I hate my title, but I’m going to stick with it.
In spite of it, I hope I can encourage you to pay attention to the current automation revolution and actively contribute to augmention-fueled innovation. If everyone understands those terms and actively tries to stay on top of how they evolve, I think we’ll be all right in terms of the Elon Musk-Mark Zuckerberg AI doomsday debate.
Eating up artificial intelligence
Before I get into augmentation, allow me to (ahem) set the table...with some breakfast insights.
Next to my oatmeal this morning, my newspaper (the Belgian and quite mainstream De Standaard ) was positively dripping with data and artificial intelligence:
- The cover story title was (translated), "Robots Create New Jobs".
- Page two: "Tomorrowland screens attendees last 6 years’ addresses data usage for security and wrestles with data privacy considerations."
- Another article describes the analysis of (yet another batch of) leaked emails from a prominent politician.
- Another about 1300 Belgians not receiving the correct order from webshops.
- A large infographic about a huge iceberg about to break off from Antarctica and how global warming is negatively impacting air travel.
- In the culture section: an article about data scientist Seth Stephens-Davidowitz’ book, Everybody lies. What the internet can tell us about who we really are.
- Another infographic about the turnover for Durex condoms in Belgium over the last 7 years.
That’s a lot of focus on data, analysis, algorithms and increased automation.
Now what strikes me most about all these articles is the complete lack of methodology considerations. Not a single mention about HOW computers, robots, systems learn or how we learn from them. Artificial intelligence is taken as a given as computers are getting smarter and smarter.
Machine learning viewed as commodity
In the following slide, Uber profiles the technologies involved in getting the driverless car up to speed (I deeply regret that joke).
But machine learning is not mentioned at all:
- Nothing about the convolutional neural networks required for object recognition (eg: a detour sign).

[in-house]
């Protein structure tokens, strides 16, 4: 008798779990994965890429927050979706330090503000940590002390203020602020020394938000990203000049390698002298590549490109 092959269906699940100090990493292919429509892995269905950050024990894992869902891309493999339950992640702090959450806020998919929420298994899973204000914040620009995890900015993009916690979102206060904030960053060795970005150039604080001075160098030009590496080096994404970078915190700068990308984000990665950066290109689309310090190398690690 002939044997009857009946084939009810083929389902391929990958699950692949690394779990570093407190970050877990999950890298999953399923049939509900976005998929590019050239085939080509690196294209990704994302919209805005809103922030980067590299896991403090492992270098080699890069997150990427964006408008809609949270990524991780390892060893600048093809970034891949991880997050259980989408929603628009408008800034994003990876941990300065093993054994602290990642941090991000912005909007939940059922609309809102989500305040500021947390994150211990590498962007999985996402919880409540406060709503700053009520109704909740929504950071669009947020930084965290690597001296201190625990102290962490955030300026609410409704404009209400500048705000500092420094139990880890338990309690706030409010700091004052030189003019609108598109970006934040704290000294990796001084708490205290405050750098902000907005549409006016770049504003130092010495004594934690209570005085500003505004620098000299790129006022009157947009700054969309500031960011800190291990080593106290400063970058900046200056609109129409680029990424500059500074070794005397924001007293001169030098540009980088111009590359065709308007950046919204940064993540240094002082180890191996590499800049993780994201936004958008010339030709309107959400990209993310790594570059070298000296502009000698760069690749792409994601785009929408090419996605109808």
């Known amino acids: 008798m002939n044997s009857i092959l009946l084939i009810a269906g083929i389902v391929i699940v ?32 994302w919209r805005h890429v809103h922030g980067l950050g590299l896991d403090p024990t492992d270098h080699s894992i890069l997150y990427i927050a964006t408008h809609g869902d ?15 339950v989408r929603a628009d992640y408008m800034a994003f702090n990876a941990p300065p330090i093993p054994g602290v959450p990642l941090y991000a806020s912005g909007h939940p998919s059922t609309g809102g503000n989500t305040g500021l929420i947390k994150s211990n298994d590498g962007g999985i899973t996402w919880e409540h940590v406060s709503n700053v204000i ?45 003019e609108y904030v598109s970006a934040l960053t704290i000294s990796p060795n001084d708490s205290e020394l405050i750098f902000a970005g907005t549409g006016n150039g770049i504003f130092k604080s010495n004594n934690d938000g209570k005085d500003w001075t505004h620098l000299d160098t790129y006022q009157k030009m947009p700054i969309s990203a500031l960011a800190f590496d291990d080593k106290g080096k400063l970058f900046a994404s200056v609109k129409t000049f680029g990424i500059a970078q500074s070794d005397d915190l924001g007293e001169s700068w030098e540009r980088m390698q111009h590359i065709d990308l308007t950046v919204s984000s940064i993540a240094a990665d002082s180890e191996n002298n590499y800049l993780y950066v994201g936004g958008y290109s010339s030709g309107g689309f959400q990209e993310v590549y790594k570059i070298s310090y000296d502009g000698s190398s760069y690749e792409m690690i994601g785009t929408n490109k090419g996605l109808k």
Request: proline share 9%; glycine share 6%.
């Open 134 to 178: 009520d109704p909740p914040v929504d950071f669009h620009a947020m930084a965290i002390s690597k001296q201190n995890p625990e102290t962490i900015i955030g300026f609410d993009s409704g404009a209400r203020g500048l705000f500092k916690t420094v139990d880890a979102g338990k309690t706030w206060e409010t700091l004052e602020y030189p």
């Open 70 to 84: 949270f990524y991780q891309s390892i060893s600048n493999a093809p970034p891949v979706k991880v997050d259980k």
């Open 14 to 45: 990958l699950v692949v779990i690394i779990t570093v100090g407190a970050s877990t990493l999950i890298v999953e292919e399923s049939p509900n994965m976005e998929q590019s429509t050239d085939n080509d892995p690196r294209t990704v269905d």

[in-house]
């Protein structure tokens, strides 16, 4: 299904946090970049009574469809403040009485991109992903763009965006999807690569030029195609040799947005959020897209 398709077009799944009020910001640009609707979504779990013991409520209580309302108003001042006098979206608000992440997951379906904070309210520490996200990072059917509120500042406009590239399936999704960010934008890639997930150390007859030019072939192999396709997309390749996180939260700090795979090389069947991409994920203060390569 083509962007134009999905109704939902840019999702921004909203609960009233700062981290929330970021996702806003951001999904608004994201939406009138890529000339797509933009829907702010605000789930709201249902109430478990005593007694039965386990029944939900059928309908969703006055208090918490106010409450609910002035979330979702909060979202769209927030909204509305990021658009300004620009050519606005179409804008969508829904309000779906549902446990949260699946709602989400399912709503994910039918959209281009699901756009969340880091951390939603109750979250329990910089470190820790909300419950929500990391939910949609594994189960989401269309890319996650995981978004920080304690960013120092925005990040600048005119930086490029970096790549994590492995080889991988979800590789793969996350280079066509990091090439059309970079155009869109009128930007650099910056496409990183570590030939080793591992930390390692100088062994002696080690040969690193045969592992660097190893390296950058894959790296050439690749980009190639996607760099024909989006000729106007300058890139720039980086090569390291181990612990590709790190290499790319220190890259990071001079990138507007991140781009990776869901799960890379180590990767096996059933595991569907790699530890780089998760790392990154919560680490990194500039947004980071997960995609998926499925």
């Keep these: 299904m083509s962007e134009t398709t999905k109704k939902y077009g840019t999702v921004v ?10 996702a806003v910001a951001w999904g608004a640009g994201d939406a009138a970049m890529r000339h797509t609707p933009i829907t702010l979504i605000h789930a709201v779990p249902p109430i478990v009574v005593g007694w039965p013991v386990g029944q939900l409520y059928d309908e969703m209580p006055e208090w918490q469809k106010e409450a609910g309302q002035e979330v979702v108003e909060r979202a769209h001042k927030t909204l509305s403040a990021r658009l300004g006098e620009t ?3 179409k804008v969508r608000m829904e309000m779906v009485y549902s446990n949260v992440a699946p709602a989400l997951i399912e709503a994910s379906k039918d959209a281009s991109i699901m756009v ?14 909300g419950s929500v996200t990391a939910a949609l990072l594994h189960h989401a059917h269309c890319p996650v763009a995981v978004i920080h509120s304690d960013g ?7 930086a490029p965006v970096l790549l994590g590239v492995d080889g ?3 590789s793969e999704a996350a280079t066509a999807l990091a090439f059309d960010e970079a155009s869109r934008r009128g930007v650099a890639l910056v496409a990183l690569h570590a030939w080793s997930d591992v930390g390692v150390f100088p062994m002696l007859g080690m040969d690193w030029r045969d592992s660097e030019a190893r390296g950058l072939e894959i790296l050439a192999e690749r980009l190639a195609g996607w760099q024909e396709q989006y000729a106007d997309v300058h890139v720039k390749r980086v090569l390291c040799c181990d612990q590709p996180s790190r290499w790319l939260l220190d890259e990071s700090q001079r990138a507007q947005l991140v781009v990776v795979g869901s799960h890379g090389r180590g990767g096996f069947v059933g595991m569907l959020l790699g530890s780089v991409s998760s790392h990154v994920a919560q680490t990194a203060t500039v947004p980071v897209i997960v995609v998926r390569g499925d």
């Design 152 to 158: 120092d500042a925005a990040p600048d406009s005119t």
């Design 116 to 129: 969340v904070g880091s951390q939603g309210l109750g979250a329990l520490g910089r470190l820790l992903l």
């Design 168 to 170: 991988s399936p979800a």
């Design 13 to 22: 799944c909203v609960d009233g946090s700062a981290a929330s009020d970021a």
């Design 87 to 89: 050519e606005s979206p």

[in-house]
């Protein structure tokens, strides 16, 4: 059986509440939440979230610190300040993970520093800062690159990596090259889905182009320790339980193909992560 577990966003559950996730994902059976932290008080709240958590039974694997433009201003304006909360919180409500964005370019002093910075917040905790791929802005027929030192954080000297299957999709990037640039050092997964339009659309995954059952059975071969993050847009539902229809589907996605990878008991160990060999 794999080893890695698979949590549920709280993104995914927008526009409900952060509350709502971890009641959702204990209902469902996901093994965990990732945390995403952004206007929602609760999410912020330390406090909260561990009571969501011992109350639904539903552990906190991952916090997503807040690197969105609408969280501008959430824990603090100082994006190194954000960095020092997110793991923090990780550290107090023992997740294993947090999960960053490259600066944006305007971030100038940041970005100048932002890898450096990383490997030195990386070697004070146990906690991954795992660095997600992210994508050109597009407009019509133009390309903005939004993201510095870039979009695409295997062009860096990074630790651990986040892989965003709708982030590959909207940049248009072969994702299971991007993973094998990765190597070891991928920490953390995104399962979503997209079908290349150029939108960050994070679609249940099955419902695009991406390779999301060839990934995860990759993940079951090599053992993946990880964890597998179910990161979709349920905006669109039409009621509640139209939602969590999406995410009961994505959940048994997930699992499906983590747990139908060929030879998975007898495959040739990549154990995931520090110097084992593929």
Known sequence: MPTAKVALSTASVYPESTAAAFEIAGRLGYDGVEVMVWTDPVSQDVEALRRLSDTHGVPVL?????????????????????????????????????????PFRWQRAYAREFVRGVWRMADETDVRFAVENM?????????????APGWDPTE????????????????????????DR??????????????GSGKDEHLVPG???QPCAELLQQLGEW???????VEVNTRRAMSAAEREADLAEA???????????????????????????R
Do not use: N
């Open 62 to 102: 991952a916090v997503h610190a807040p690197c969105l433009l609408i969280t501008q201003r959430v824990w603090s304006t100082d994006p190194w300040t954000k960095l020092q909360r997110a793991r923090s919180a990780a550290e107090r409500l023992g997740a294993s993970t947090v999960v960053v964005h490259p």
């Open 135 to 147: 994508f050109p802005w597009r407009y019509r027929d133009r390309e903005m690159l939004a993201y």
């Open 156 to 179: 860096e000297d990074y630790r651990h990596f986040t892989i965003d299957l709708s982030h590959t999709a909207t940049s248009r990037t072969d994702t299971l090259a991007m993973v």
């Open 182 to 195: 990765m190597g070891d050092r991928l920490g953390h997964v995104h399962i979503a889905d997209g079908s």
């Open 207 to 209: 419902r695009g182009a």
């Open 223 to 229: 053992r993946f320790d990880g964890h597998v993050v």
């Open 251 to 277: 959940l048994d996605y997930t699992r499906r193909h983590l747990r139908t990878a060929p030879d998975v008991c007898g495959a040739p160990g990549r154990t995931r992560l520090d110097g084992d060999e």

- Nothing about the recursive learning algorithms for making the choice of what to do next (break slightly), and next (put on the turn signal), and next (give passengers a trajectory update).
In fact very rarely, do even somewhat specialized mainstream articles discuss how algorithms work and combine with data to make optimized, critical decisions.
Why is this? Is it faith in science? Simply a mainstream lethargy or extension of some kind or societal statistical trauma? Or a combination of both?
Artificial intelligence is a concept that’s been around for a while and has evolved significantly with the technological possibilities. Take the humble computer mouse. Invented in 1964 (!!!) By Douglas Englebart, it was so cutting edge at the time that most folks initially questioned its utility. We totally take the mouse for granted today and really don’t care how the thing works, just that it does.
But the big difference I see is that a mouse won’t take decisions without a human clicker. That’s a far step removed from an Uber car deciding whether to stay in the lane and kill 3 people or go on the sidewalk and kill 1.
Augmentation: Keeping artificial intelligence 'human relevant'
Staying on top of what algorithms and machine learning are doing in society is crucial to our survival, and not only from a watchdog perspective. It will also enable us to continue to evolve and bring added value on top of all the automated processes which computers and robots can efficiently take over. That added value has been described by Thomas Davenport as augmentation. The idea is that even in the face of a new industrial revolution where artificial intelligence and robots will replace many human jobs, humans will continue to provide artistic, creative and empathic added and complementary value. Technology will augment human abilities, not overcome and replace them.
Part of the societal responsibility rests with us as practitioners. Data scientists have a moral obligation to make methods transparent and as digestible to as many stakeholders as possible. Aside from the impending GDPR legislation which requires that all organizations make their use personal data transparent to the persons involved, data scientists should actively look to make their methodology fully digestible to all stakeholders (both within and external to the organization). That way everyone can participate to the greater ethical debates of whether the algorithm applications are indeed benefiting the greater good.
A few examples where we all need to pay attention:
- Credit scoring algorithms – not excessively excluding certain socio-demographic groups in a cold recitation of, "computer says no."
- Medical recommendations – making sure that next-best steps truly represent the most inclusive research and neither overemphasize overperscription (potentially leading to iatrogenics) nor hands-off therapies.
- Music or film suggestions – no disproportionate commercial influence.
This needs to be a two-way dialogue, but the first responsibility lies with the data scientists who need to keep the door open on methodological transparency.